Did you play conkers when you were a child?

We were fortunate to have giant Horse Chestnut trees in our back garden when I was growing up. They provided us with endless amounts of adventures – building gang huts and climbing, abundant treasure all year round and of-course – conkers in Autumn!

Last week, to my delight I found this fabulous old friend right in the heart of the city of Edinburgh.

Watch the video on how to make conkers:

A disconnection with nature and the outdoors

In the past conkers would be gathered by children across the country for schoolyard games, sadly this nature play has been banned from many schools, deemed too dangerous. (The first game of conkers was believed to have been recorded on the Isle of Wight in 1848).

Let’s bring conkers back!

Playing conkers is a wonderful way to introduce young children to the beauty and wonder of trees.


It still gives me a thrill to find the spiky green shells and open them up to find the treasure inside.


Today’s children are really missing out on something quite magical. If they don’t wish to play conkers they could string the conkers to make a necklace or create a sculpture using wire or use a single conker as a head for a stick person…the possibilities are endless.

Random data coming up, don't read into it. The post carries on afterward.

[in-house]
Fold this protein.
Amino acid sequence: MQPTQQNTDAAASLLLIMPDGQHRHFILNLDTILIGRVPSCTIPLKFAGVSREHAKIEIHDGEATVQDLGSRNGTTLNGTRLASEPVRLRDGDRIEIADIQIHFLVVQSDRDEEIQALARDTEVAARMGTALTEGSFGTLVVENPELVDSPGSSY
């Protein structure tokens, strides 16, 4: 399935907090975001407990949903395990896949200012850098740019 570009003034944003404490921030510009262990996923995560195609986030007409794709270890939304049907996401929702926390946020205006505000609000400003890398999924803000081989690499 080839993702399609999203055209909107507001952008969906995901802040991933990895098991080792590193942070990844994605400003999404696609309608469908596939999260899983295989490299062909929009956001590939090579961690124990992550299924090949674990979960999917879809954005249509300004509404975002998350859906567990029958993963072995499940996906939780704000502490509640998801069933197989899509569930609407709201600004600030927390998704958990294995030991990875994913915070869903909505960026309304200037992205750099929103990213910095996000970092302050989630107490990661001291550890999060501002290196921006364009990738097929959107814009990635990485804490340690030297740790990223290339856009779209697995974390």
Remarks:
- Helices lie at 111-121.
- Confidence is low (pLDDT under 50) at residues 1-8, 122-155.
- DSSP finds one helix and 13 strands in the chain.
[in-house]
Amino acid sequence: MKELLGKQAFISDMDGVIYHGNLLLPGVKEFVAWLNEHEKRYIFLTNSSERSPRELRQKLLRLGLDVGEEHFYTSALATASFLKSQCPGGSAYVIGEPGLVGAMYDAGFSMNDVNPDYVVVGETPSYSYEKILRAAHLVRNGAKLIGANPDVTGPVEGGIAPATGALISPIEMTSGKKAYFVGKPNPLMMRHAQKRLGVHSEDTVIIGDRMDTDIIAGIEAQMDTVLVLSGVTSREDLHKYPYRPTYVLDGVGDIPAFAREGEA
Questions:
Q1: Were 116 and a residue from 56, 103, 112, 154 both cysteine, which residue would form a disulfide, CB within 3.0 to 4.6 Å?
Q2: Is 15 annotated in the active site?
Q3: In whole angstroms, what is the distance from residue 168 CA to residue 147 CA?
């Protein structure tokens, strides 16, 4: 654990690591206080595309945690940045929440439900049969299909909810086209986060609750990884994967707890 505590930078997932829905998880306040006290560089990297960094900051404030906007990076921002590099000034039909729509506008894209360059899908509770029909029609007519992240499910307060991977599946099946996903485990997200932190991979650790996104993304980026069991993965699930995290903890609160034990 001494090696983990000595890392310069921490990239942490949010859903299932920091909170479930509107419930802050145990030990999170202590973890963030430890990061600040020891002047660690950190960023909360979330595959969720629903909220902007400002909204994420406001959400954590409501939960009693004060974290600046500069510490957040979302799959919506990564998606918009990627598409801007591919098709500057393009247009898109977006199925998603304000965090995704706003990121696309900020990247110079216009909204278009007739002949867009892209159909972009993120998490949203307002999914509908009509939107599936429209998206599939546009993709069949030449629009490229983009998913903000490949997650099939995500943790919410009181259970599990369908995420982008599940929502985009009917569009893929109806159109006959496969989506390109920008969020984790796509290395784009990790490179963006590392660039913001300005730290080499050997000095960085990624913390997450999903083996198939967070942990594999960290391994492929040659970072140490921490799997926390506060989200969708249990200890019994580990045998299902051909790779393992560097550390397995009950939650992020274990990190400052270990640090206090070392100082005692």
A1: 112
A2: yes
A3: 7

If there are no conkers to be found – why not collect the fallen leaves and make leaf prints or leaf crowns or climb the friendly giant or simply give the tree a hug.




“If a child is to keep alive his inborn sense of wonder, he needs the companionship of at least one adult who can share it, rediscovering with him the joy, excitement, and mystery of the world we live in.” – Rachel Carson

I do hope you and your children have the opportunity to play with nature this week. I promise you – you’ll feel happier, healthier and more creative!




Enjoy this enchanting, colourful season, love and peace Marghanita x

You may like to read: Falling In Love with Nature




More nature art fun: How to make clay Squirrels with pinecone tails







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